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Orbán pulls support for Weber as EC presidential candidate

Hungarian governing party Fidesz no longer supports Manfred Weber of the European Peopleʼs Party (EPP) as its Spitzenkandidat, or candidate for president of the European Commission, in the upcoming European parliamentary elections, Prime Minister Viktor Orbán announced on Monday.   

Weber (left) pictured at an earlier meeting with Orbán (photo: Károly Árvai/kormany.hu)

Orbán was cited by state news agency MTI as saying that the Hungarian government and its leader cannot be put in the position of supporting a person to head the European Commission who has said he does not wish to become EC president with Hungarian votes, which the prime minister described as a violation of the principle of respect for voters.

Orbán added that it appears, on the basis of the campaign, that the present candidates for the post of EC president are “unsuitable.”

“Weʼll look for a proper candidate,” he said, speaking at a press conference together with Austrian Vice Chancellor Heinz-Christian Strache, chairman of the far-right Freedom Party.

In March, Fidesz was suspended from the center-right EPP, the biggest political grouping in the European Parliament, pending a report by a three-member committee, which will decide whether it is in breach of the blocʼs values. The suspension bars Fidesz from party meetings, as well as rescinding its voting rights and the right to propose candidates for posts. The suspension will last beyond the European elections at the end of May - after which many observers believe Fidesz may depart the EPP to join a new right-wing bloc.

“We cannot compromise on democracy, rule of law, freedom of the press, academic freedom, or minoritiesʼ rights. And anti-EU rhetoric is unacceptable. The divergences between the EPP and Fidesz must cease,” EPP President Joseph Daul had said after the suspension of Fidesz was announced.

Moving further to the right?

The move to snub Weber comes immediately after Orbán welcomed Matteo Salvini, leader of Italyʼs far-right populist Lega party, who currently serves as the countryʼs deputy prime minister and minister of the interior, in Budapest last Thursday.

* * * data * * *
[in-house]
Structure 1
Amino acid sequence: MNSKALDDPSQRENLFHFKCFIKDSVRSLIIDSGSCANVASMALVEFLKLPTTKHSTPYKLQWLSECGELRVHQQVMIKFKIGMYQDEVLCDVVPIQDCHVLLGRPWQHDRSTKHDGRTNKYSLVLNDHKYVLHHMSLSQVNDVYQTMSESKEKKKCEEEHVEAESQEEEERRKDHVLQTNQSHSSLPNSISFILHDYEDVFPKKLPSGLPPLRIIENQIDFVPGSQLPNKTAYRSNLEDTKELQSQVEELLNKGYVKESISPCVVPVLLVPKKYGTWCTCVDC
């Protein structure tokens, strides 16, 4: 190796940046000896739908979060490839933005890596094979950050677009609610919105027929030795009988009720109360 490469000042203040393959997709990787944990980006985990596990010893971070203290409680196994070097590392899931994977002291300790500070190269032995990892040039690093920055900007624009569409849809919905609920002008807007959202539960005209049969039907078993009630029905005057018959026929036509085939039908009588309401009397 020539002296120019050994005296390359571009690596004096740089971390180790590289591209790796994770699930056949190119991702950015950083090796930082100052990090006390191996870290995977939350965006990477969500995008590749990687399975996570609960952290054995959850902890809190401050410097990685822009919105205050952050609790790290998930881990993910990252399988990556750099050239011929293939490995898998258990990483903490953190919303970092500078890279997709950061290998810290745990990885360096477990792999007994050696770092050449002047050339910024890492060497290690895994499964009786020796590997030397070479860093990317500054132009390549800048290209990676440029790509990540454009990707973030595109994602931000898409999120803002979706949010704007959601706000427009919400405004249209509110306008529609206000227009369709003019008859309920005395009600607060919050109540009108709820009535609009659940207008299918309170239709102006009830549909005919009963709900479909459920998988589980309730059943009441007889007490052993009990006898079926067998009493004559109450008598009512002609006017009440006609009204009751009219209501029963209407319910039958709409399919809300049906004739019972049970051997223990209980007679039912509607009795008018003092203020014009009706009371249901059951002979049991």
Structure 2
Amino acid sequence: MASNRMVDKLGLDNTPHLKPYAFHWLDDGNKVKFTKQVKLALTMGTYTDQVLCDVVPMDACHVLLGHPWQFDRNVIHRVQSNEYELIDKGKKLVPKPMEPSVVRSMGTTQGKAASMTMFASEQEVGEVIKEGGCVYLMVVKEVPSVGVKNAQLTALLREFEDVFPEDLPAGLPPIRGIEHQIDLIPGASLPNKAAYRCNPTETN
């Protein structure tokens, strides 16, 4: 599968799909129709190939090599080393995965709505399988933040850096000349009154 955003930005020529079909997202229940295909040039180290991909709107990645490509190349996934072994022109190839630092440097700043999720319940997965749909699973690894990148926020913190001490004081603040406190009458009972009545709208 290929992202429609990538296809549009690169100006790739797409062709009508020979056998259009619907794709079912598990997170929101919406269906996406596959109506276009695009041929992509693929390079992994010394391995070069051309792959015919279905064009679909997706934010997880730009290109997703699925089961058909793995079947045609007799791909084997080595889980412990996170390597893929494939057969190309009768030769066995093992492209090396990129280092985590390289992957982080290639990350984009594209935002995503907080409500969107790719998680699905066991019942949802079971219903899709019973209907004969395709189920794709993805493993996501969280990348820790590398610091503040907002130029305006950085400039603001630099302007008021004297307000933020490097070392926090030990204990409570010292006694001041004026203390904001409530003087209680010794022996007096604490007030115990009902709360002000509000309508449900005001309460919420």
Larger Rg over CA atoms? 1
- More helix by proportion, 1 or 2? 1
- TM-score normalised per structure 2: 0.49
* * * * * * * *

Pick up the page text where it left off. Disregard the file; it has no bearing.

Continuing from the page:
In their talks, Orbán and Salvini agreed on “the importance of strong nation states, on the need to give priority in Europe to European culture based on Christian values, and on border defence,” according to Hungarian government website kormany.hu.

“Europe’s borders must be defended against the migrant invasion,” Orbán was cited as saying, asserting that “the citizens of Europe will benefit from listening to Italy and Hungary rather than [French] President [Emmanuel] Macron.”

The prime minister also stated that powers related to migration should be taken away from the European Commission and delegated to a new body comprising the interior ministers of the Schengen Area countries, as proposed by Hungary.

On the question of whether Fidesz will remain a member of the EPP, Orbán said that this depends on the grouping’s future direction: if the EPP “ties itself” to the Left – which has a vision for Europe which he described as harmful, and which he claimed is continuously losing people’s support – then it will be difficult for Fidesz to find a place in such cooperation. He urged the EPP to be open to cooperation with parties to the right of it, including Salviniʼs Lega.

A report on the website of Deutsche Welle, Germanyʼs public international broadcaster, observed that Orbánʼs meeting with Salvini could signal a break with the EPP following European elections, which polls suggest could see a surge in support for anti-immigrant, nationalist parties.

At the same time, the report notes that the EPP is projected to keep its place as the European Parliamentʼs biggest group following the elections, putting it in pole position to install Weber as the next European Commission president.

Deutsche Welle cited Weber as saying that Orbán “has no impact any more on EPP policies,” in response to a question about the Hungarian leaderʼs proposal for the EPP to cooperate with the putative far-right bloc proposed by Salvini.

The report notes that Germanyʼs Alternative for Germany (AfD), Marine Le Penʼs National Rally in France, Austriaʼs Freedom Party and right-wing parties in Finland and Denmark have expressed interest in Salviniʼs proposal for a new nationalist bloc.